54(101): The National Weather Service sometimes writes discussions that are not in ALL CAPS.
54(100): Bash aliases can be ignored by adding a backslash before a command.
54(99): Today I Realized: The term describing systemic inflammation from infection and the term describing a seventh-degree equation are the same word: ‘septic’.
54(98): Mankind has achieved the successful mapping of an entire neural network in an animal, a sea worm.
54(97): I-74 gets south of I-40 in North Carolina.
54(96) (October 08): The “Le” part of “Lenovo” stands for “Legend”.
54(95): Contrary to what I thought, the Post Correspondence Problem is named after Emil Post, not not named in reference to physical posts for an analogy.
54(94): is called the Cauchy distribution.
54(93): The AIDS epidemic started in Kinshasa.
54(92): The Decade Volcanoes do not erupt every decade, and are instead named after the United Nations-sponsored International Decade for Natural Disaster Reduction.
54(91): A more accurate abbreviation for “ISIS” is “Daesh”, an abbreviation for the name in Arabic.
54(90) (October 02): The name of the file type ‘tar’ stands for ‘tape archive’.
54(89): Today I Realized: ‘Reif’ anagrams to ‘fire’.
54(88): Ellen Swallow Richards was the first woman to be admitted to MIT.
54(87): The term ‘phreatic’ refers to water below the water table.
54(86): Tom Cruise is one smoot tall.
54(85): The square knot is unstable.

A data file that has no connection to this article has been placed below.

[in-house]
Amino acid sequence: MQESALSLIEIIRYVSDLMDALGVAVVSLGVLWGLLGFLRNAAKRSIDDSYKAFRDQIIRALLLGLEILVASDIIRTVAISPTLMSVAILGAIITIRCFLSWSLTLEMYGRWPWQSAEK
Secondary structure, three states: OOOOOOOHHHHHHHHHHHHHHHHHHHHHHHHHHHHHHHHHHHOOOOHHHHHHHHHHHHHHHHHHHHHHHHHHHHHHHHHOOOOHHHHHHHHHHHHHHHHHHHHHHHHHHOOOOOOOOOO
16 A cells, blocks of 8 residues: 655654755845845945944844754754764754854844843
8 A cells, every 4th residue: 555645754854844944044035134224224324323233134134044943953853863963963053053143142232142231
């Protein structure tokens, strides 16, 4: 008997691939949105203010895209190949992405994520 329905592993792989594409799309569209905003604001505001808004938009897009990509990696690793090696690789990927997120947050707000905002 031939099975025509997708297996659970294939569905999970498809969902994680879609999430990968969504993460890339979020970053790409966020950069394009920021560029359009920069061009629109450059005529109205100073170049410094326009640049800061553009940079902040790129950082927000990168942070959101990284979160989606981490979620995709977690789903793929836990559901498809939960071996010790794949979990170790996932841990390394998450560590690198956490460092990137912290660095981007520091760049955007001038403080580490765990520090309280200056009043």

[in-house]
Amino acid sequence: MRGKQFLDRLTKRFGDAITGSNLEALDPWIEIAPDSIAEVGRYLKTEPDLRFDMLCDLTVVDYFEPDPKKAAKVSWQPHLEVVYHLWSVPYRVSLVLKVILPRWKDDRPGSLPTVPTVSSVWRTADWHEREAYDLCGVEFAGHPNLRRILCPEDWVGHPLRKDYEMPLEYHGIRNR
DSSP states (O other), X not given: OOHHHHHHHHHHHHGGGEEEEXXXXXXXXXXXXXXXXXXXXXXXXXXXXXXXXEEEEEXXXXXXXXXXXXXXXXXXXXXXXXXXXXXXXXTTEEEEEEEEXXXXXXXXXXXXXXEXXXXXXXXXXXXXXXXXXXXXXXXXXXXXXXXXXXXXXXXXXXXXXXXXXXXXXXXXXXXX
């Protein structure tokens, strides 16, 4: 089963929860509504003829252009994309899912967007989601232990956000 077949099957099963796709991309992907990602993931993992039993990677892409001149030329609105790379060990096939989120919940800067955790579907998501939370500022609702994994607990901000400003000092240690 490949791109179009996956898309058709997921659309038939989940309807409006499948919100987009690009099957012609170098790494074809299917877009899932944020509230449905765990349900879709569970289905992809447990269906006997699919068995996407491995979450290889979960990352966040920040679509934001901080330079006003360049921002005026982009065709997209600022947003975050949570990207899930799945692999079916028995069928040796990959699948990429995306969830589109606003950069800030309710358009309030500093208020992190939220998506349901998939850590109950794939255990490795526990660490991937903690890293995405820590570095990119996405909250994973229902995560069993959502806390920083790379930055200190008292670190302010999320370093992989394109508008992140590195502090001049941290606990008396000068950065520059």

54(84) (September 26): Wikipedia does not, as of this day, have an article on J. S. Bach’s Chromatic Fantasy and Fugue.
54(83): In 2013, Aaron Jackson, an LGBT rights advocate, purchased a house near the Westboro Baptist Church and painted it rainbow colors.
54(82): The demonym of Mozambique is ‘Mozambican’.
54(81): There exist bears in New Jersey.
54(80): N-acetylglucosamine is also known as GlcNAc, pronounced phonetically in English if one inserted an ‘i’ between the second and third letters.
54(79): There’s an experiment for detecting interactions between dark matter and normal matter called LUX (Large Underground Xenon experiment).
54(78) (September 20): In addition to being a region of España, Galicia is also the name of a region in modern-day Polska and Україна.
54(77): There is a letter of the Shona alphabet that is frequently transliterated as ‘dzv’.
54(76): The visible part of the ear is called the pinna.
54(75): There is a sophomore TAing 6.046J this semester that hasn’t even taken 6.046J.
54(74): MIT is officially a corporation.